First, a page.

This Sunday would’ve been Michael Jackson’s 57th birthday. Instead of dwelling over the fact he’s no longer with us, it’s a time to celebrate his wonderful music. No matter what you thought of him it’s clear his music has inspired artists across a span of genres from R&B to rock. Some artists have even taken it upon themselves to cover their favorite Jackson song. Of course no one does it better than Michael, but some artists have come close. There are a ton of terrible ones out there, but here are ten of the best Michael Jackson covers.

10. “The Girl is Mine” – Richard Cheese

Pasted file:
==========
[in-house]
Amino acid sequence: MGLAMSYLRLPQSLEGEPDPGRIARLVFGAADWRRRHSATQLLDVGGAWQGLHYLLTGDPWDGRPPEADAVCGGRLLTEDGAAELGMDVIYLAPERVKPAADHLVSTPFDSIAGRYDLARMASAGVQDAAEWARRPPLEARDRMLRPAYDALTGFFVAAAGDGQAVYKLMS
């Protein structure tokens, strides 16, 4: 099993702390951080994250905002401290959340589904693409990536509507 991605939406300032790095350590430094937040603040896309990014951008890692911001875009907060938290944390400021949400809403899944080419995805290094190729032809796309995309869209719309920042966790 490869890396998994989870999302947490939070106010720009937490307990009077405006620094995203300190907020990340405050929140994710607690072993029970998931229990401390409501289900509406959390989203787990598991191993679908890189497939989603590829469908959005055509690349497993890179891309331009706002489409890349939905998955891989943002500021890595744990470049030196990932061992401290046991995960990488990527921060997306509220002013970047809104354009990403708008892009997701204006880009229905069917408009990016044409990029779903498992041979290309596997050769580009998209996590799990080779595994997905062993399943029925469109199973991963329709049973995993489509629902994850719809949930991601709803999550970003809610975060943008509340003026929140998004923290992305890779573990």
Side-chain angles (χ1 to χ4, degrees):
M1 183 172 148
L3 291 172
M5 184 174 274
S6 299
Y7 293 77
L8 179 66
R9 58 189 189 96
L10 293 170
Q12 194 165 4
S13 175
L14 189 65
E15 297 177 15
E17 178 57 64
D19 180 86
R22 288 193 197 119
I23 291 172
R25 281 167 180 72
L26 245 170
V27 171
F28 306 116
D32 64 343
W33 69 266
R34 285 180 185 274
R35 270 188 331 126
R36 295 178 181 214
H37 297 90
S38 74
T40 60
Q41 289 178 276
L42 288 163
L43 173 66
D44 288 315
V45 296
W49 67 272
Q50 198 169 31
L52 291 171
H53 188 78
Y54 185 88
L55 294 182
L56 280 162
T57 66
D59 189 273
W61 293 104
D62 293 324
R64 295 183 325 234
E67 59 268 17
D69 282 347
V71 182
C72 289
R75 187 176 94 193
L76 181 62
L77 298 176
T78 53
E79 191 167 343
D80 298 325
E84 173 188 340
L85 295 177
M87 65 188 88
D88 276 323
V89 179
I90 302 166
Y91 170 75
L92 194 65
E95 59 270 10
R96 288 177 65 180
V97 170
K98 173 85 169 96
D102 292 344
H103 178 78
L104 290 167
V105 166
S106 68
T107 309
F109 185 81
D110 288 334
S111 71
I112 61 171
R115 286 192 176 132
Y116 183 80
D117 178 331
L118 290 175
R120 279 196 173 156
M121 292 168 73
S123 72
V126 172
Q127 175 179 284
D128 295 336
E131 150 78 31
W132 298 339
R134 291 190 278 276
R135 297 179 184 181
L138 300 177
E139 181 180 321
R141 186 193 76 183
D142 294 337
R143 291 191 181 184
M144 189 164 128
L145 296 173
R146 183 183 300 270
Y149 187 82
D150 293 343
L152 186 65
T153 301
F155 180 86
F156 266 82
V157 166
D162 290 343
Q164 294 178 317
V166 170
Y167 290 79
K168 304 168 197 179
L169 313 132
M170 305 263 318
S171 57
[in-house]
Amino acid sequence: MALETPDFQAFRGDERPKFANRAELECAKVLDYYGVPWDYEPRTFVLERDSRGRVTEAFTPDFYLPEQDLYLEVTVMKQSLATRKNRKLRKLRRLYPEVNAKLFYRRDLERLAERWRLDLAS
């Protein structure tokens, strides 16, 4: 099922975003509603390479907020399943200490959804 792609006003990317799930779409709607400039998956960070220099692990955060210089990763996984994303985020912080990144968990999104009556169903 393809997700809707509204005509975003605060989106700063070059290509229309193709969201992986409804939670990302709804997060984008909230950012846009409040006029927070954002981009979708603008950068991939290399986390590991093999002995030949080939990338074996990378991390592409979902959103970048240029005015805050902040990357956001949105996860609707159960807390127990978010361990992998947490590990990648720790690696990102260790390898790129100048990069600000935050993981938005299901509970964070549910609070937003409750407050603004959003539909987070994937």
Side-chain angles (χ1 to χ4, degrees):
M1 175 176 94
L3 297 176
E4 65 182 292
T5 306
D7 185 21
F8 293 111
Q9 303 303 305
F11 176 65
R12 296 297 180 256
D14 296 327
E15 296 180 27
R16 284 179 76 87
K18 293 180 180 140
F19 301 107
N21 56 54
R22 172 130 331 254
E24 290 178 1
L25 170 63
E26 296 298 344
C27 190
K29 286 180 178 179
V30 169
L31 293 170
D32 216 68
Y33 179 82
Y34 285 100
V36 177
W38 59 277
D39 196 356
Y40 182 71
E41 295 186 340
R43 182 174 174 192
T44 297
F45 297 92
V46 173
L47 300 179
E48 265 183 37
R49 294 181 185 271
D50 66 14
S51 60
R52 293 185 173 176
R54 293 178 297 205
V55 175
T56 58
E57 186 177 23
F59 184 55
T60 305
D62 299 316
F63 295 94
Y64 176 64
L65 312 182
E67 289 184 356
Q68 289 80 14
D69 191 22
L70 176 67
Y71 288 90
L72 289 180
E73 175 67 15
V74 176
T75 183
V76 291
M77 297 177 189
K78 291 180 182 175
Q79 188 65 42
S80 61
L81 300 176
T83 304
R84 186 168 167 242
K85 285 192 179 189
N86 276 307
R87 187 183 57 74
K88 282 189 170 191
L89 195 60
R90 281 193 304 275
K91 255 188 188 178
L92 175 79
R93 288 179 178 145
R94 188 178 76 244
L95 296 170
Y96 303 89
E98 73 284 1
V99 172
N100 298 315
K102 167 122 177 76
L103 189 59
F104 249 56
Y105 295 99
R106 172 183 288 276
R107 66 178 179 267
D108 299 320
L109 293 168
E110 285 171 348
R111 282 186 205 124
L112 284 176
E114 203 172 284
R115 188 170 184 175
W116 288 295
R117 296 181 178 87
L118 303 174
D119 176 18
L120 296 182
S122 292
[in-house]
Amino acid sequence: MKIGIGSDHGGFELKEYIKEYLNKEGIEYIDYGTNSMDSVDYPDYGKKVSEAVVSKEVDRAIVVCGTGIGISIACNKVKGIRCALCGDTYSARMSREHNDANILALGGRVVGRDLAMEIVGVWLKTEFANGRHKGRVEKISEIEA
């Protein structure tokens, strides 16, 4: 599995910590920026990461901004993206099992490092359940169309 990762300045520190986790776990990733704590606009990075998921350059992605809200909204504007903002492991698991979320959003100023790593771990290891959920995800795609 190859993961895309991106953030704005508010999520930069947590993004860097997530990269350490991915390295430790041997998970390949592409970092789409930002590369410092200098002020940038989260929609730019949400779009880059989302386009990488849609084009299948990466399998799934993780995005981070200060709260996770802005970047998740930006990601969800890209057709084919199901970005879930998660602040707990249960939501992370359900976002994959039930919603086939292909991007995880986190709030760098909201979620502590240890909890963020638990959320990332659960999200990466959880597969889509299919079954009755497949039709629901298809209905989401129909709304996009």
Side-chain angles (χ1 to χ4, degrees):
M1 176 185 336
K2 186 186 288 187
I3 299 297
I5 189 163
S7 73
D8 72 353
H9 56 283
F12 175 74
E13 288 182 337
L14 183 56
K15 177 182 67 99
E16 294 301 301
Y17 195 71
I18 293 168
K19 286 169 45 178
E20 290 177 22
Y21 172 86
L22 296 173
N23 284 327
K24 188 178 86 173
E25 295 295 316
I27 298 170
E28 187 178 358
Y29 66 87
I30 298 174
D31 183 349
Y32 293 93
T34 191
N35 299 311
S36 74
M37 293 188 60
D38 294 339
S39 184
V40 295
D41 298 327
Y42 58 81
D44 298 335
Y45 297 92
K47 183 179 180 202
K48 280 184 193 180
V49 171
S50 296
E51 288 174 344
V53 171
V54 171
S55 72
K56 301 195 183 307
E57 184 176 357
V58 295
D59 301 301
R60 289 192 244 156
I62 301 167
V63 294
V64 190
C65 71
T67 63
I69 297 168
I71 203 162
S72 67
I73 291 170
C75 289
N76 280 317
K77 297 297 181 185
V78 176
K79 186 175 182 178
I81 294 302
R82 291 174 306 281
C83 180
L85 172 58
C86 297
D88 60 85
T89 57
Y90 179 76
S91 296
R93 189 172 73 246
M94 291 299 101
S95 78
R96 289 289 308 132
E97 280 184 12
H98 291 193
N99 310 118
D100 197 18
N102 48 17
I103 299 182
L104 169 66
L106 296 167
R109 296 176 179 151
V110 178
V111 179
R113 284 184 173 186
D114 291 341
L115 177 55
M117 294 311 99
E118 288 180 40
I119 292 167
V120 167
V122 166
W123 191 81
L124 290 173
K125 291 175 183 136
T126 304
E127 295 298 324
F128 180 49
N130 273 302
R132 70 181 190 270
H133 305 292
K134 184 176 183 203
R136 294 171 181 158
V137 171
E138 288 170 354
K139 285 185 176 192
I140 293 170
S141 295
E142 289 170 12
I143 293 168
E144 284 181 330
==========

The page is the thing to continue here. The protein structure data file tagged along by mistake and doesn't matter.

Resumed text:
Richard Cheese is known for making lounge style covers out of popular songs. He previously covered Jackson’s “Beat It,” but it’s his version of “The Girl is Mine” that’s unique and hilarious. The song starts out like a standard lounge tune and Cheese sounds smooth and silky. Just imagine him snapping his fingers to the beat while listening to it. After the first verse he introduces a special guest, which is supposed to be Stephen Hawking. Yeah, you read that right. Of course it’s not actually him, but hearing an automated voice singing this Jackson duet is weird, but is sure to put a smile on your face. It’s a bit silly, but you gotta admit Jackson’s tunes sound pretty good in lounge style.

9. “Billie Jean” – Nonpoint